EAST HAMPTON, NY.- Pace Gallery
is presenting an intimate solo exhibition of photographs and works on paper by celebrated artist Saul Steinberg. Held at the gallerys space in East Hampton, which has been programmed through October 2021, the exhibition brings Steinbergs work to the Hamptons community where the artist long resided, creating many important works. Following Paces presentation of Saul Steinberg: Imagined Interiors, a popular online show that launched the gallerys first series of thematic online exhibitions, Saul Steinberg will be on view until January 17, 2021.
After emigrating from Europe to the United States in 1942, Steinberg quickly became dear to a broad American public through his numerous drawings and covers for The New Yorker. At the same time, he became part of New Yorks avant-garde art circles and earned much critical praise for his sharp-witted and cerebral experiments with drawing, photography, collage, and sculpture. Testaments to his depth as a modernist artist, his works often ingeniously repurpose the stylistic codes of Cubism, Futurism, and Surrealism, among other movements. Aside from mining art and history, his self aware images often meditate on the paradoxes subtending daily life and societal norms, eliciting a state of critical contemplation from his viewers.
Humorously insightful as well as deeply philosophical, the 21 works presented in this presentation depict everyday life and well-known public locations, as exemplified by Union Square (1982), Chicago (1952), and Paris (1984). As a whole, they convey Steinbergs unique, worldly perspective, shaped by his experiences as an immigrant, New Yorker, and observant traveler both within and outside of the US. The exhibition also features Steinbergs Riverhead, Long Island (1985), which conveys the artists singular view of Long Island while evincing his ability to reimagine the local landscape through his personal lexicon. In fact, after acquiring a home in Amagansett in 1959, the Hamptons, especially verdant locations such as Louse Point, became a continuous source of inspiration for his work. Beginning in 1966, Steinberg would spend increasingly more time in the area, adding a studio to his Amagansett house in 1973. There, he drew scenes of daily life in the country as well as portraits of visitors to his home.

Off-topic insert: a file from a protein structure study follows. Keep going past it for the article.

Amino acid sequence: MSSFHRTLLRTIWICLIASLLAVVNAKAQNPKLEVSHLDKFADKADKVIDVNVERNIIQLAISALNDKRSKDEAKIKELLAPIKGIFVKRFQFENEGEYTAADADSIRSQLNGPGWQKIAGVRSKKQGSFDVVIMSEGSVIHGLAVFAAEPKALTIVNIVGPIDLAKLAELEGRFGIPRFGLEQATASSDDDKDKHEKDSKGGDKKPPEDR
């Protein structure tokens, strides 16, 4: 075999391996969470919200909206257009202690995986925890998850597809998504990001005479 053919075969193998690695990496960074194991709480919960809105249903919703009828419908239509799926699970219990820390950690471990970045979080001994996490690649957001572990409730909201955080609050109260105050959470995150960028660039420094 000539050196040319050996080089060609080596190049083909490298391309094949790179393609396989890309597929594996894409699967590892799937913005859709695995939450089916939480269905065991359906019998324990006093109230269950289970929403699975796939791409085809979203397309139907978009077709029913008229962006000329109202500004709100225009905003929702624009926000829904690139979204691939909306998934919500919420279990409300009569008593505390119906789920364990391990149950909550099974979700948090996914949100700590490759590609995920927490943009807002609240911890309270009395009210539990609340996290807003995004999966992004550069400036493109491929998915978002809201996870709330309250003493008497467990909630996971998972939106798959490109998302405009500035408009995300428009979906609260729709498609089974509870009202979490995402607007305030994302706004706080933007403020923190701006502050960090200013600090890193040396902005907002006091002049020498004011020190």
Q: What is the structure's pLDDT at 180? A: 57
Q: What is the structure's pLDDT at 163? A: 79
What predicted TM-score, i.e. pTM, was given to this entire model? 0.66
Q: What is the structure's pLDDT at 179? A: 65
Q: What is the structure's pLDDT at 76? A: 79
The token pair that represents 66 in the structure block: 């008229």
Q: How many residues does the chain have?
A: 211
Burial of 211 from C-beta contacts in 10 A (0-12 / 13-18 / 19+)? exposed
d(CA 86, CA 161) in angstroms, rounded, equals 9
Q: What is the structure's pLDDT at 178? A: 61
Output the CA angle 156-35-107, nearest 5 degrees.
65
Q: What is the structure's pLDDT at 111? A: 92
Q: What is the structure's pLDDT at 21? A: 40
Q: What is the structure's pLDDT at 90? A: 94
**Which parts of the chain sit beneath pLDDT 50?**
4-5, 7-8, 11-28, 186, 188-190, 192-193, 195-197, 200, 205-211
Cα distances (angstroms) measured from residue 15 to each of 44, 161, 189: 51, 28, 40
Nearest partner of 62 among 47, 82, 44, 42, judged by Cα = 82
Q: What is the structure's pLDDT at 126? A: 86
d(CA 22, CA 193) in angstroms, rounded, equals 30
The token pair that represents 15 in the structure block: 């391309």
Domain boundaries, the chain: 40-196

Saul Steinberg (b. 1914, Râmnicul Sarat, Romania; d. 1999, New York) produced drawings, sculptures, photographs, and collages that continue to elicit critical contemplation. Having studied architecture in Milan, he fled wartime Italy in 1941 and became an American citizen two years later. Influenced by Dada, Surrealism, Cubism, and Pop, Steinbergs varied output reflects the defiant humor, curiosity, and modernist attitude of an artist trying to make sense of the chaotic postwar period. Marked by a self-aware wit, his work embraces double meanings and philosophical content expressed through graphic means. Widely celebrated for his contributions to The New Yorker, Steinbergs art became an exploration of social and political systems, language, and art itself.